Of course, I’m pregnant. Again! People only pay attention to me when I’m pregnant anyway…”
And then she was back on track, extolling the exact same virtues and blessings that are given to pregnant women in the Mormon religion, sounding as canned as a Presidential speech.
There are families and people like this in any corner of the religious world, including Catholic families, but I have seen so much of the same thing in so many Mormon families that it seems to be less a failing of the people themselves and more as a part of the culture. Anyone not Mormon is not worth it, unless they’re willing to become Mormon themselves, or will at least look the other way when Mormons claim such utter BS as that there were horses and chariots in the United States (or Mexico, whichever one fits the story better) or that men may become gods. (Apparently the arch-angel Michael must not have been clear enough when his name means “who is like God?”)
I have to do something to stop it, or at least inform others who may be in the same position I once was in. The great thing about Christianity is that there are clear markers to determine what is Christian fact, and historical fact. For one, you have the Bible. For another, you have Sacred Tradition. For another, you have the Apostles going all the way back to Peter. For another, you have the sheer universality that is Christianity. For another, there is written, archeological evidence from outside sources that speak the truth of there having been cities where the Bible says there were cities. And lastly, Christianity doesn’t change the core values of itself every time it needs an upgrade and a new flooding of converts. How many times was the Nativity re-wrote (or re-oralized if that can be considered a word…) to reflect whatever religious fad was important at the time?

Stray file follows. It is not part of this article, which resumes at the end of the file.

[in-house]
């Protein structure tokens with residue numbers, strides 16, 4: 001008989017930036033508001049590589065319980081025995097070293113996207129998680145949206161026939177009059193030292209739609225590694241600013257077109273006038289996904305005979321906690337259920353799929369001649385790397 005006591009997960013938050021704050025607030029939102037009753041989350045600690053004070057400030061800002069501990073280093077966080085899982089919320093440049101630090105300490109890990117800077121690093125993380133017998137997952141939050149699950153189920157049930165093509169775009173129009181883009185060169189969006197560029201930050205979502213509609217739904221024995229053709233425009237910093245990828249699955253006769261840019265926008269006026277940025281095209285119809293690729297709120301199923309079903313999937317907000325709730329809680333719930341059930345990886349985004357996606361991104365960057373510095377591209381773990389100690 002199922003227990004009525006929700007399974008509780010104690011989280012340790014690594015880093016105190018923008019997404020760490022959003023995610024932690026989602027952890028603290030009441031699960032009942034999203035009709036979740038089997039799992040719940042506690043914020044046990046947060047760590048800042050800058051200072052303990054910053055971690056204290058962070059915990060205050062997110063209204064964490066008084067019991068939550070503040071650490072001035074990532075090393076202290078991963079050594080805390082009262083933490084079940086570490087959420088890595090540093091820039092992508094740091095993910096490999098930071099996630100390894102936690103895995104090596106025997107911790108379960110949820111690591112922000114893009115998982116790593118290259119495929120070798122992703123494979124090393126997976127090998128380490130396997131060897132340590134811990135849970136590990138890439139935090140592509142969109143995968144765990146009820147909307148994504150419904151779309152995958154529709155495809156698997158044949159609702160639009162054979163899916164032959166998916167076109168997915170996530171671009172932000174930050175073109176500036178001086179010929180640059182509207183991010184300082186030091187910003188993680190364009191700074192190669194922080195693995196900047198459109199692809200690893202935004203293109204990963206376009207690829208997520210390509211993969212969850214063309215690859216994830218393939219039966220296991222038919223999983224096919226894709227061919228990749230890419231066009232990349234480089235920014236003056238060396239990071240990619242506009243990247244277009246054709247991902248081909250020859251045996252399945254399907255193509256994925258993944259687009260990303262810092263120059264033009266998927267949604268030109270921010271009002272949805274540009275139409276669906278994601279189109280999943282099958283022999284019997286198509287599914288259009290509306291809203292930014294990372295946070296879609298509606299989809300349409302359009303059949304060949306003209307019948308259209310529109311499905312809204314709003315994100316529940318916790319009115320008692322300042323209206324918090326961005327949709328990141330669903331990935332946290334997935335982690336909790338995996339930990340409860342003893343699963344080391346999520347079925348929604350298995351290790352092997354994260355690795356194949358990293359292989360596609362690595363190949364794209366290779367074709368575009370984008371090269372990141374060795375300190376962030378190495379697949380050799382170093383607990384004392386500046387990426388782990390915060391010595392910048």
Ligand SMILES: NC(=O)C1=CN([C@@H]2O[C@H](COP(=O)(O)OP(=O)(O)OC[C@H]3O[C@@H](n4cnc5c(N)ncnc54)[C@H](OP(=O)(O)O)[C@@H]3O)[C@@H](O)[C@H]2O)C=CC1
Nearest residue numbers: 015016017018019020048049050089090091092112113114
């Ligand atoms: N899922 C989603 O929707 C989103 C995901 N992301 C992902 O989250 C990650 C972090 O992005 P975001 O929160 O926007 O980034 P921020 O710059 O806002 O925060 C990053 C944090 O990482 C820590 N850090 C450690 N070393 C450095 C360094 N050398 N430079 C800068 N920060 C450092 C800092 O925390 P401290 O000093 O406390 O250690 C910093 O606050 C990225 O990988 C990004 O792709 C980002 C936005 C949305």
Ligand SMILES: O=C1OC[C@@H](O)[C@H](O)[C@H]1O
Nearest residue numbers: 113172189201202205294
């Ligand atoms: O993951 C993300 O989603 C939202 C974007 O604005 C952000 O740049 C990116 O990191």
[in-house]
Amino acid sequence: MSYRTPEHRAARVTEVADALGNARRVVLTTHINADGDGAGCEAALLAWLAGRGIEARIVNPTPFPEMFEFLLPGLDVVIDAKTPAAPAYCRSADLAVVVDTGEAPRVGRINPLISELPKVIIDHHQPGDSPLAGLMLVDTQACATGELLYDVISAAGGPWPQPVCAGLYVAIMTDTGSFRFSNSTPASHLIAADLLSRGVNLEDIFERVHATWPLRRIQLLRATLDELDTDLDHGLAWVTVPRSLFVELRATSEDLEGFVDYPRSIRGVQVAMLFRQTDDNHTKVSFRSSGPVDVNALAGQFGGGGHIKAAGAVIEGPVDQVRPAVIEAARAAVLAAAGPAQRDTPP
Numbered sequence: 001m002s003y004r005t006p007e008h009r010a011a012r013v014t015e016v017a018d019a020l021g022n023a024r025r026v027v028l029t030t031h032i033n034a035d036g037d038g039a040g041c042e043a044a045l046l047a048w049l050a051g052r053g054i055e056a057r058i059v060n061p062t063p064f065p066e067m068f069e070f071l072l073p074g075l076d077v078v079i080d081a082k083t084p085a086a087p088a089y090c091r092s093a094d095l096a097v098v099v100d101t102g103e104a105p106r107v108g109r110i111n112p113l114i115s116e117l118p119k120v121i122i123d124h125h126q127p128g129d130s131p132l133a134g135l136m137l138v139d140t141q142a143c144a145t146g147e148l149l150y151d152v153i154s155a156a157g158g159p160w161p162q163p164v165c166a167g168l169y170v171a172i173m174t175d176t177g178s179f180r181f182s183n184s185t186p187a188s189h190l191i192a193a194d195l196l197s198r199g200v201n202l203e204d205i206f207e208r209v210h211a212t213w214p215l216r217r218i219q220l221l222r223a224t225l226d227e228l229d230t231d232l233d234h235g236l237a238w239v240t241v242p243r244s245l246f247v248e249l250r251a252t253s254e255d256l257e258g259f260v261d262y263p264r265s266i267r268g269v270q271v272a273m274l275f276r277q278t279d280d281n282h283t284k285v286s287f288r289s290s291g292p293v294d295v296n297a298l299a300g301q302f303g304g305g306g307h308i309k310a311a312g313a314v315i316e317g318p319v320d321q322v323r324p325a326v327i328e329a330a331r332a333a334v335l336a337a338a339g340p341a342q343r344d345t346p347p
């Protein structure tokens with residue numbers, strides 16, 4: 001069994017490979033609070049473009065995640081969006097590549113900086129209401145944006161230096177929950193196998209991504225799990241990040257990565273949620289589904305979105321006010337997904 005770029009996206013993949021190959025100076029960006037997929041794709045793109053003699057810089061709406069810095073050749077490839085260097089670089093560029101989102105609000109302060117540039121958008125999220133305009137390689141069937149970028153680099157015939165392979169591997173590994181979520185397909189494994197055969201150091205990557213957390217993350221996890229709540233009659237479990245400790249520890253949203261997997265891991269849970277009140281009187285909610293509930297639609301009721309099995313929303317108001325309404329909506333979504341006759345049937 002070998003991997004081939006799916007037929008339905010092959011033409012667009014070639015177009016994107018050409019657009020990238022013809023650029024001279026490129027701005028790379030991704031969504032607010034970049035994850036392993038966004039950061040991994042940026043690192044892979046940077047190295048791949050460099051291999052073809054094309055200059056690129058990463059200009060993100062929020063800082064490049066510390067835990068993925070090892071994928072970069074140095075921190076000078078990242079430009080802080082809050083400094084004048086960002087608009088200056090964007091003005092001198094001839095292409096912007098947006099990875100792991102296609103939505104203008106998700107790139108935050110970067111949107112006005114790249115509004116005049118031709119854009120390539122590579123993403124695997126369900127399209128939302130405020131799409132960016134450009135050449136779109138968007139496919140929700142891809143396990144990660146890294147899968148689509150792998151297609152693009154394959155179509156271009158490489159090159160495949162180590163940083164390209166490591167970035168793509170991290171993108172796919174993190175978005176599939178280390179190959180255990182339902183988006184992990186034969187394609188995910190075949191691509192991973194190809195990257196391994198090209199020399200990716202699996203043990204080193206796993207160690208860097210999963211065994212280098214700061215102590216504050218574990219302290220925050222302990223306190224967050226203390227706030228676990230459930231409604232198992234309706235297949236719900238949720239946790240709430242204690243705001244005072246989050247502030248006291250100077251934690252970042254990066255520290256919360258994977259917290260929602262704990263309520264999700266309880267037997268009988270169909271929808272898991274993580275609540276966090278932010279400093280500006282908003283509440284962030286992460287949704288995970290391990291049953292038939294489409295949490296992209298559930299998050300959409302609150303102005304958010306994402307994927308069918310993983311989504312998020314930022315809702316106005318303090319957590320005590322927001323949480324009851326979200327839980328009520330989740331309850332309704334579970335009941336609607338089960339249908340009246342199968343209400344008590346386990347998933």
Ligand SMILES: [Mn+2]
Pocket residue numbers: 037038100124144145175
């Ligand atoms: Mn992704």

How many times was the “First Vision” of Joesph Smith re-visioned? Numerous times, and even once is too many.
Any belief that claims to be what it isn’t is from the Devil (aka Satan, Lucifer, or the Dumbest of them ALL), and while people are often good, bad, or in-between, the one thing that we as thinking rational beings can do is stop attacking others, and start attacking these false beliefs.
Nothing clears the air so much as a good theological debate. Ideas and beliefs are either correct, or incorrect- so why fear debating them? If I’m wrong, as a Catholic, I’ll find out, because eventually “even stones will cry out” at me- and if I ignore them, then it is my failing.
It is the same with any debate or delving into Mormonism and Catholicism. One is true, the other is false. I am not scared to question my deepest beliefs, because every time I question them I find the Truth, which exists outside of me, my thoughts, and my opinions. Other people question me concerning my beliefs, and while I might feel exasperated because of having to explain, for the umpteenth time, the difference between prayer and worship, I am not exasperated because some “weakness” of my faith is being revealed.
I often find that Mormons, as soon as they are “questioned” about anything which would require rational thought, tend to descend into the martyr mentality. Asking them to explain the idea of the “Godhead” somehow becomes a personal attack on them, because you must have ulterior motives to ask that question. Somehow, you are endeavoring to destroy Mormonism.
What is often not realized is that a cigar is just a cigar, and the immediate reaction of being unable to give a reasonable answer is what is causing the feelings of distress- not the questioner.
These things do need to be talked about, especially on blogs. My hope is that people will be able to see this, read this, and make their own judgements. People need to THINK!